Soundtrack
 

The Bay

Composed By: Marcelo Zarvos

Distributed by: Lakeshore Records


Reviewed by Melissa Minners

 

            A movie in the style of horror films like The Blair Witch Project and Paranormal Activity, The Bay is an eco-horror film stars Kether Donohue as Donna Thompson, a young reporter who was supposed to be covering a Fourth of July parade in a town off the shore of the Chesapeake Bay.  What she saw that day and the following days inspired her to gather footage...any surviving footage not taken and hidden by the government in an effort to hide facts about the parasitic outbreak that wiped out the town.

            The musical score of The Bay was created by Brazilian pianist and composer Marcelo Zarvos, who began his foray into music as a teenager studying classical music in São Paolo with West German composer H.J. Koelreutter.  He followed up his studies as an undergrad in Berklee College of Music and the California Institute of the Arts, earning a Bachelor's Degree in Fine Arts before completing his Master's in Music at Hunter College.  Entering into the independent film scene in the early 2000s with his scores for Kissing Jessica Stein and The Door in the Floor, Zarvos was named one of the 25 New Faces of Indie Film in 2004 by FilmMaker Magazine.  Since then, he has composed soundtracks for a number of feature films, including The Good Shepherd, Brooklyn's Finest, Sin Nombre, The Words and Won't Back Down.

            The music of The Bay is designed to be scary and let me tell you, Zarvos does his job extremely well here, despite the fact that this is the first musical score he has written for a horror film: "The Bay was both the first horror and completely electronic score I've done. Even though electronic sounds have been a part of my palate for a long time, doing a score top to bottom this way was fascinating and challenging. Finding the right tone was crucial, we needed to create and sustain tension without pulling the viewer from the ‘real life’ aspect of the story and its characters.”  Just reading this quote from Zarvos made my jaw drop.  Not only was I surprised that the talented composer had never tried his hand at a horror film score, but I was totally convinced that the compositions I was listening to were mixes of orchestral and electronic sound.  When I told my friend that the music was completely electronic, she, too, looked shocked, believing the music to have been partially orchestral.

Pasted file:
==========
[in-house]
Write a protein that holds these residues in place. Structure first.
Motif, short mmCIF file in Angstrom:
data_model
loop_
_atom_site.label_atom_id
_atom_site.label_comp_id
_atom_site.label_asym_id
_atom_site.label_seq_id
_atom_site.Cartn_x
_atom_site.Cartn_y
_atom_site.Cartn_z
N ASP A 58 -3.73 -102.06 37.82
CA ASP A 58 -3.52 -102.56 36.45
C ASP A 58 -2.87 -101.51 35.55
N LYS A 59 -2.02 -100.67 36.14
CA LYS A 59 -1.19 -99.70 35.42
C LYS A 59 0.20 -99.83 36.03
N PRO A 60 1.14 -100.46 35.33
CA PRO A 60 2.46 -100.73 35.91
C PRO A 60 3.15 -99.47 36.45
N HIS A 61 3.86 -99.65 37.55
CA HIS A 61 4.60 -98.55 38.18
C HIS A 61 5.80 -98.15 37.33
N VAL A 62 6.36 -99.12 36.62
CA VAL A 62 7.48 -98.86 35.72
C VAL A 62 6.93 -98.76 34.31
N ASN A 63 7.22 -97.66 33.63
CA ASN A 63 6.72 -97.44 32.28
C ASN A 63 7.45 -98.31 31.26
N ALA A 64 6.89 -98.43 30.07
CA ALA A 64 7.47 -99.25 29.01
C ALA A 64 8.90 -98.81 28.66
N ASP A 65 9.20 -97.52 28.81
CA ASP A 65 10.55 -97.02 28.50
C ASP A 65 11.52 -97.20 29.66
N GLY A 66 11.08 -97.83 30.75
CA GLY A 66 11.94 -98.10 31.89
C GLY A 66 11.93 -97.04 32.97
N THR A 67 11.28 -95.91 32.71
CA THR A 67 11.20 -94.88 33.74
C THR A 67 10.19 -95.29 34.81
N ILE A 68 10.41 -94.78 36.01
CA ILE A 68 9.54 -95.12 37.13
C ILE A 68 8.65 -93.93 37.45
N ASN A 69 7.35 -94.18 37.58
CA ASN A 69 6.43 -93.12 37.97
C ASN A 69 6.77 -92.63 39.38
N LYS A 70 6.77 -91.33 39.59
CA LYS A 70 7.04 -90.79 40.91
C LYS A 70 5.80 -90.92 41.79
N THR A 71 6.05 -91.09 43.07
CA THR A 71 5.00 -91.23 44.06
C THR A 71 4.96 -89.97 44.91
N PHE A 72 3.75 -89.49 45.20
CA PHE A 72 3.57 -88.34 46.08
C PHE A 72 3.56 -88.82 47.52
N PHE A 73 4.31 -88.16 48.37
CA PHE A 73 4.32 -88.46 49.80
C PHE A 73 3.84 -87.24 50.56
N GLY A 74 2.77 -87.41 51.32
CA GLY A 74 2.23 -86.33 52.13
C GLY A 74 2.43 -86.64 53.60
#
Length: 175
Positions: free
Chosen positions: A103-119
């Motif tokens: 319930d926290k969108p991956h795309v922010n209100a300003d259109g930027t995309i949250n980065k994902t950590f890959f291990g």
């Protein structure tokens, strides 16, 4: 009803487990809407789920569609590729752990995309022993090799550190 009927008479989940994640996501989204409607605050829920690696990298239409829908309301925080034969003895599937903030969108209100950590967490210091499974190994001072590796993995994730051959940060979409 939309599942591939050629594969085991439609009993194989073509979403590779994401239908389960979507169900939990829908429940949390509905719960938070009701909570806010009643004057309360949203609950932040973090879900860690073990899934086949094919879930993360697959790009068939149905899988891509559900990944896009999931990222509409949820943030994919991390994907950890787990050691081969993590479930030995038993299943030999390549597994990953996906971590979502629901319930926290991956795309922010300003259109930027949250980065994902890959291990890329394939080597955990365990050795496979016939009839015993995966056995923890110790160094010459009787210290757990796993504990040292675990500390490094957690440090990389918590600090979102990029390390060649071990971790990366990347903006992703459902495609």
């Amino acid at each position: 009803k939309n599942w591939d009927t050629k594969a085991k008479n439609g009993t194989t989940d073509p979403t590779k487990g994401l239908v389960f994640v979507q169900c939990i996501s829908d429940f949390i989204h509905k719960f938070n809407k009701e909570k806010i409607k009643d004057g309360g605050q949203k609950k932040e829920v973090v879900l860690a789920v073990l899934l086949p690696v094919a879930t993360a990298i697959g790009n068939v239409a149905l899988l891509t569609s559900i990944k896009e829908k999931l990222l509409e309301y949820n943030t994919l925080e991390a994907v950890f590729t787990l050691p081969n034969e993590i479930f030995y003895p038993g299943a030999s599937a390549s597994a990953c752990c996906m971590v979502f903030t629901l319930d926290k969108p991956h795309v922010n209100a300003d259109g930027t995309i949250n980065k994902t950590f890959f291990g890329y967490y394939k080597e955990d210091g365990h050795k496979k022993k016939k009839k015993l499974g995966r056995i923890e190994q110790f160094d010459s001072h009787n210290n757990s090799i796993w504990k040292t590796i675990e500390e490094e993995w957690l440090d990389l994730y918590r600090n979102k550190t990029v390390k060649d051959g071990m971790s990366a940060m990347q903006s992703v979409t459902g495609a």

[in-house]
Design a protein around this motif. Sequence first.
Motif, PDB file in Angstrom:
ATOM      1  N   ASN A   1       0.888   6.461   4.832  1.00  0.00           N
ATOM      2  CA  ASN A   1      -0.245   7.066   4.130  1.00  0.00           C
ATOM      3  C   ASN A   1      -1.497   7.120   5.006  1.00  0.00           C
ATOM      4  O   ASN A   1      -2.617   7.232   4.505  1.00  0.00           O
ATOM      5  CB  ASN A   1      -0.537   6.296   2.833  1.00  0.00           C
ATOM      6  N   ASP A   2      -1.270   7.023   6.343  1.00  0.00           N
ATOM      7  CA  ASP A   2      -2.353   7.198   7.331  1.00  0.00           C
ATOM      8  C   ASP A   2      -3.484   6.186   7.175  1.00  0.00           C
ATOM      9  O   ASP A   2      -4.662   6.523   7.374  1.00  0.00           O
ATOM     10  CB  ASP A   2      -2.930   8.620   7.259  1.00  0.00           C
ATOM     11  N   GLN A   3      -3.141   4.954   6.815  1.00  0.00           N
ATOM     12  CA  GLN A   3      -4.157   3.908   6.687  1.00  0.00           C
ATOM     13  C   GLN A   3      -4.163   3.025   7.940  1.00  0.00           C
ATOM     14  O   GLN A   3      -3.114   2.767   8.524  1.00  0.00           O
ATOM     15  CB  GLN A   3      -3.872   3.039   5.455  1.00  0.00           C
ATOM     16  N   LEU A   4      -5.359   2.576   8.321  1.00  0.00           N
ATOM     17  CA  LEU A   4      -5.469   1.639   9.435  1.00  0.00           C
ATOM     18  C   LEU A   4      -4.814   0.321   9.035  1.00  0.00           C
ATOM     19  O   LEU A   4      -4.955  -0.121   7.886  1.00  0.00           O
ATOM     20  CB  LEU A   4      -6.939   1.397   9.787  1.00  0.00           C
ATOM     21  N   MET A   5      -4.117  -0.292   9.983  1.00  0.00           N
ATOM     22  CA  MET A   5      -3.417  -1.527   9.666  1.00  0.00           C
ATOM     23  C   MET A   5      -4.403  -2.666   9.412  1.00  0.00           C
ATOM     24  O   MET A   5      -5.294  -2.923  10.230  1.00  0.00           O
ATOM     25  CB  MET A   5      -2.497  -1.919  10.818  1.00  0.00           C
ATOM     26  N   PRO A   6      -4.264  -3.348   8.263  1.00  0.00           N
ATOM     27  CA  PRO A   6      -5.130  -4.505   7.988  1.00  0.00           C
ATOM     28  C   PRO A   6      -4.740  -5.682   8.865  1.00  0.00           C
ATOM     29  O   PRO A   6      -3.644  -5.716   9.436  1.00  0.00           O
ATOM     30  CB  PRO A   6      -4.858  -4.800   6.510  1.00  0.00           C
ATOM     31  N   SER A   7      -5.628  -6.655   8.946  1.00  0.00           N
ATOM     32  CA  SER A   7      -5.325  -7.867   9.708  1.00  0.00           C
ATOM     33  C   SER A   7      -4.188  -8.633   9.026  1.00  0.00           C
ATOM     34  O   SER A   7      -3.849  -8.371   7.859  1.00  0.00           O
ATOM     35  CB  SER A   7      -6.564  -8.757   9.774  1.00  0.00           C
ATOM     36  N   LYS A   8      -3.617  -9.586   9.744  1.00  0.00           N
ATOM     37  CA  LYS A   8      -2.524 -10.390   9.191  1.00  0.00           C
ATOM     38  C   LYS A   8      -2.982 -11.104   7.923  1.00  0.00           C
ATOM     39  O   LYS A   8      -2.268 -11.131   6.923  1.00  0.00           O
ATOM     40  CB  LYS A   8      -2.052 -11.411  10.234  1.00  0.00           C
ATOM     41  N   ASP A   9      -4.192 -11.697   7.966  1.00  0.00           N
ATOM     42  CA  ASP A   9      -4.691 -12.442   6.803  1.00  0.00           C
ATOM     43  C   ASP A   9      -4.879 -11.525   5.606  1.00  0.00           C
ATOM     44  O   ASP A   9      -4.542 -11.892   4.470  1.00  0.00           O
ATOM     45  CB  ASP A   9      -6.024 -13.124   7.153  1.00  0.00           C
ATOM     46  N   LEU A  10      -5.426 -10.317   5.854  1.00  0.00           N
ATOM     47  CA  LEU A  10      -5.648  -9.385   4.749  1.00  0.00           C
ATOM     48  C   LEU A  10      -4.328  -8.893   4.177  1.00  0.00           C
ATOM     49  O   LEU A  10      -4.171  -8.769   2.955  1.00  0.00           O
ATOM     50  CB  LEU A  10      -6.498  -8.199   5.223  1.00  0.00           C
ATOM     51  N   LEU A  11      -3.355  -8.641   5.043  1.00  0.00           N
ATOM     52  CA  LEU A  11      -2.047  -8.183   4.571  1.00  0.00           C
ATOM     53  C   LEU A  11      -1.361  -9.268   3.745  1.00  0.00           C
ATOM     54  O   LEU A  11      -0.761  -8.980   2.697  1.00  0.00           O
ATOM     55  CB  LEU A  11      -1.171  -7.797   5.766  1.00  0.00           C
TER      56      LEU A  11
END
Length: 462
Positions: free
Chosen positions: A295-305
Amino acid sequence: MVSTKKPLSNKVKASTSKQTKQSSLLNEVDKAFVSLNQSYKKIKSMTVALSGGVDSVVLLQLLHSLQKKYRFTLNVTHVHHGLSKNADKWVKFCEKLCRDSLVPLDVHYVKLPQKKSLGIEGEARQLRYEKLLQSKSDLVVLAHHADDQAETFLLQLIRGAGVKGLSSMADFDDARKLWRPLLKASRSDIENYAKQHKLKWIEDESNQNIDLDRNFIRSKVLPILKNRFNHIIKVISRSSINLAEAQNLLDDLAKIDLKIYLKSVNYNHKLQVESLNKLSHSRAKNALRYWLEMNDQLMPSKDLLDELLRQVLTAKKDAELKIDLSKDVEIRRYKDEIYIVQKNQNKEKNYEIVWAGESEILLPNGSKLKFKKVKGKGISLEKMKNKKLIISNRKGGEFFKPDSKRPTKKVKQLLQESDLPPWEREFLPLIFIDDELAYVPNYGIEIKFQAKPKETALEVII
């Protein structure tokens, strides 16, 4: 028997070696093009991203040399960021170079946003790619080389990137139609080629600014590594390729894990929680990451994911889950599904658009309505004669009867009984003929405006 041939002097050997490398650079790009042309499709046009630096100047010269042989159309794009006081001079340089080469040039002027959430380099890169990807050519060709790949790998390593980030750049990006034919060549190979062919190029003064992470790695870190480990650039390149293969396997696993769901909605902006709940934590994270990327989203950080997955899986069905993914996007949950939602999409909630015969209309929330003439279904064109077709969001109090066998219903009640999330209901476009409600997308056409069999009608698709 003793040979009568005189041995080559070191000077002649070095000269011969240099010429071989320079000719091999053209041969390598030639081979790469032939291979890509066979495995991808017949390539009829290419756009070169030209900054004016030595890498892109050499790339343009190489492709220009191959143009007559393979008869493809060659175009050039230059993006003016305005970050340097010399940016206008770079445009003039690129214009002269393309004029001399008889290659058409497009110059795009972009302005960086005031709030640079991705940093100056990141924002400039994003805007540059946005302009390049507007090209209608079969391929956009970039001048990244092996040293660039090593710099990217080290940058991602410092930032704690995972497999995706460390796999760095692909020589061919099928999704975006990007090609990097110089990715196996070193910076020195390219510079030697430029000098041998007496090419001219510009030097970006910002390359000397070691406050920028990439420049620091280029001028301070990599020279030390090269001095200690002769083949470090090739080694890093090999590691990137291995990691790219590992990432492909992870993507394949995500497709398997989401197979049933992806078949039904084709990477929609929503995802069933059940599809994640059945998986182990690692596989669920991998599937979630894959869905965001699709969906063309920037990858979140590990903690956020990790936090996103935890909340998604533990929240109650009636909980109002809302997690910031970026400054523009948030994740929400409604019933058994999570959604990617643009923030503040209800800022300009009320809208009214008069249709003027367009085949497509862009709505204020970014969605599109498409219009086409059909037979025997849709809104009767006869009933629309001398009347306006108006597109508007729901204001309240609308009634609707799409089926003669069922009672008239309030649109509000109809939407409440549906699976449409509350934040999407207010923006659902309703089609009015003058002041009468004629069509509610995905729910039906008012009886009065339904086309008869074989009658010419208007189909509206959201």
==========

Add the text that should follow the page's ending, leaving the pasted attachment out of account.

As for creating and sustaining tension, well, Zarvos may have discovered a true talent for keeping the listener on edge.  The music is dark and creepy with electronic sounds that send chills up your spine.  As you scroll through the titles of each track, you begin to sense that this may have something to do with the water.  Even some of the music's slow, quiet moments seem to suggest underwater travel.  But instinctively, you know it has nothing to do with a shark attack or a giant squid.  There is a distinct impression here that something is terribly wrong with the water. 

            Is the score of The Bay well-suited for the movie it was composed for?  Well, it was more than enough to creep me out when I first listened to it and to completely spook my friend and my cat upon my second listen.  I'd say it was well-suited for a horror film.  Now, would you want to buy this musical score as a stand alone album?  Only if you want to thoroughly scare the hell out of someone.  The electronic music is seamless enough as to appear to have been created with the use of a partial or full orchestra with electronic sound and I would absolutely love to know how the composer achieved this, tricking me, a long-time soundtrack reviewer.  I'll definitely be keeping an eye on Marcelo Zarvos' career.  FilmMaker Magazine's assessment of Zarvos is definitely spot on in my book!

 

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